Identifying plants

Q: We moved to a new home in Calgary last year and one of the neat features is that the back yard is all gardens and no grass. It bloomed from June when we moved in right through to the fall. Constantly changing. We were told to just cut everything back by some friends, but we have never done this before and don’t know where to start. There is just so much variety (from the small to the tall), and we know very little about what everything is. We would like to attempt this on our own.

Regarding plant identification, I love the book from England by Roger Phillips and Martyn Rix called Perennials. It is most often seen as a two-volume set, one for early and one for late perennials. It’s especially good for figuring out the names of plants that you don’t know because the entries are in order of bloomtime, rather than alphabetical. It has plenty of photos, so you can begin by trying to spot plants from your garden. They also have similar books on herbs and bulbs. Many of the plants won’t be hardy in Calgary, but the format is great for just this kind of challenge.

If necessary, to confirm i.d. and to learn more about caring for each plant, you can always check by name in another reference book. I wouldn’t be without the Reader’s Digest A-Z Encyclopedia of Garden Plants, which lists plant height, spread, preferred sun conditions and so on.

I am currently working in a garden centre near Seattle, and we love getting bits of plants taped to paper to identify. Some gardeners don’t even know which ones are weeds and which are ornamental. We write the names next to the plant so the gardener can keep it for reference. If you do this, try to include a flower, especially if the leaves are non-descript – that is, simple, rounded, green leaves without notable characteristics.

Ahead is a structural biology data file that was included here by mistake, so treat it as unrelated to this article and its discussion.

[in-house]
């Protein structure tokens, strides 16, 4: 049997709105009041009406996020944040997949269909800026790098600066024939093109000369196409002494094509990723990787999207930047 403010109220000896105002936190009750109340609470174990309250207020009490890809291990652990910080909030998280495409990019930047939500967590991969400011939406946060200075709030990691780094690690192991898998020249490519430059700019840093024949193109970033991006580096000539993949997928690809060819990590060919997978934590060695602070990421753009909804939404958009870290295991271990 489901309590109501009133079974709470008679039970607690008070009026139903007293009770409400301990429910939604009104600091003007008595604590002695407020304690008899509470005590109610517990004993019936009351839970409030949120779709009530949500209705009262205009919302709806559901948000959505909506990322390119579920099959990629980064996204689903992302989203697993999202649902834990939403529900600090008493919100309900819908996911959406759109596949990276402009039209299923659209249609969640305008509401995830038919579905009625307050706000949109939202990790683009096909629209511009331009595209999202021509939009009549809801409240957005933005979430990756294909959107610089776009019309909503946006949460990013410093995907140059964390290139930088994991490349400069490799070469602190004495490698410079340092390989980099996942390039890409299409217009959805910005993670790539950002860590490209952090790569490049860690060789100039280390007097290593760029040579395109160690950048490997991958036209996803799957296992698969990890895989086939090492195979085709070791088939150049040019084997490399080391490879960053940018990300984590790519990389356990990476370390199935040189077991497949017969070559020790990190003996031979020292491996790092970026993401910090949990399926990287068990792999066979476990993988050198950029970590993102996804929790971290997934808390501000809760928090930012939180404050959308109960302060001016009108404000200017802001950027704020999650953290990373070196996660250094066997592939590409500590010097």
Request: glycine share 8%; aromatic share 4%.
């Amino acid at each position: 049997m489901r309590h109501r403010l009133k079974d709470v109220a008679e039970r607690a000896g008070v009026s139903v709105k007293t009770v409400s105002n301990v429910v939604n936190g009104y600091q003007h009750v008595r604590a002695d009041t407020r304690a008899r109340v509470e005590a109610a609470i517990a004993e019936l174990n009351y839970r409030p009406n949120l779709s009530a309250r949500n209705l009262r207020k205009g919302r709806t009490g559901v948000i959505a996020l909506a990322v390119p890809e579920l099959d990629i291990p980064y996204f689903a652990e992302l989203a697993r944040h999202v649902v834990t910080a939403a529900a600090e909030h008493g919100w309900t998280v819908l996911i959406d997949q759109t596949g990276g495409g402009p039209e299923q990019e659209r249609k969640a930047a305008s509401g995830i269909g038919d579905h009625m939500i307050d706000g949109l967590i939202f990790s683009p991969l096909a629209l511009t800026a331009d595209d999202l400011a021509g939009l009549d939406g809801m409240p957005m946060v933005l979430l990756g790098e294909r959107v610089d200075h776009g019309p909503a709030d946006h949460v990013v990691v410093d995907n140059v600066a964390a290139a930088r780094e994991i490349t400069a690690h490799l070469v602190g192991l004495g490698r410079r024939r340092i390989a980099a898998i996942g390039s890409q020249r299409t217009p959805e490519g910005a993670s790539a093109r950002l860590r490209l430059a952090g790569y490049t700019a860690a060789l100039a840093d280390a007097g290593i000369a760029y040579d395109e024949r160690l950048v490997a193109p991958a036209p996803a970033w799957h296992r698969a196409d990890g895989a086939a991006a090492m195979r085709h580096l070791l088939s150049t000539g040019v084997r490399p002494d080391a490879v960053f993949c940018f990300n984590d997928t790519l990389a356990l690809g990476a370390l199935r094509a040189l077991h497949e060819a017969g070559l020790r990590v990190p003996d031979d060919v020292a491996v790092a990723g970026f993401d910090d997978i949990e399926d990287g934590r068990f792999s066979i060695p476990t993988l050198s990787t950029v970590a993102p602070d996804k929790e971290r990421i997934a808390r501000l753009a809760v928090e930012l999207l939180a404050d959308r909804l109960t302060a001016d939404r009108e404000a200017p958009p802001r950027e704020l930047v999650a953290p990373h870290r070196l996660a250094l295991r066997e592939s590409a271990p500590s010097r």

As you suggest in the subject line, many of your plants are perennials, as they came back and then bloomed through the season. In terms of cutting plants back, you can play it a bit by ear. Watch what happens after the first frost and then proceed. For example, hostas quickly resemble frozen lettuce at the first sign of frost and call out to be tidied up. But some perennials, particularly those with daisy-like flowers like Rudbeckia fulgida ‘Goldsturm’, have a sturdier constitution and seed heads that feed hungry birds. So for a start, don’t cut anything back unless it looks bad. It won’t hurt to leave the plants to sort themselves out, and you can always tidy up in the spring.

The best way to learn about gardening is to observe your plants and make notes (mental or on paper) about what worked well and what didn’t. And best of all, enjoy your garden and have fun!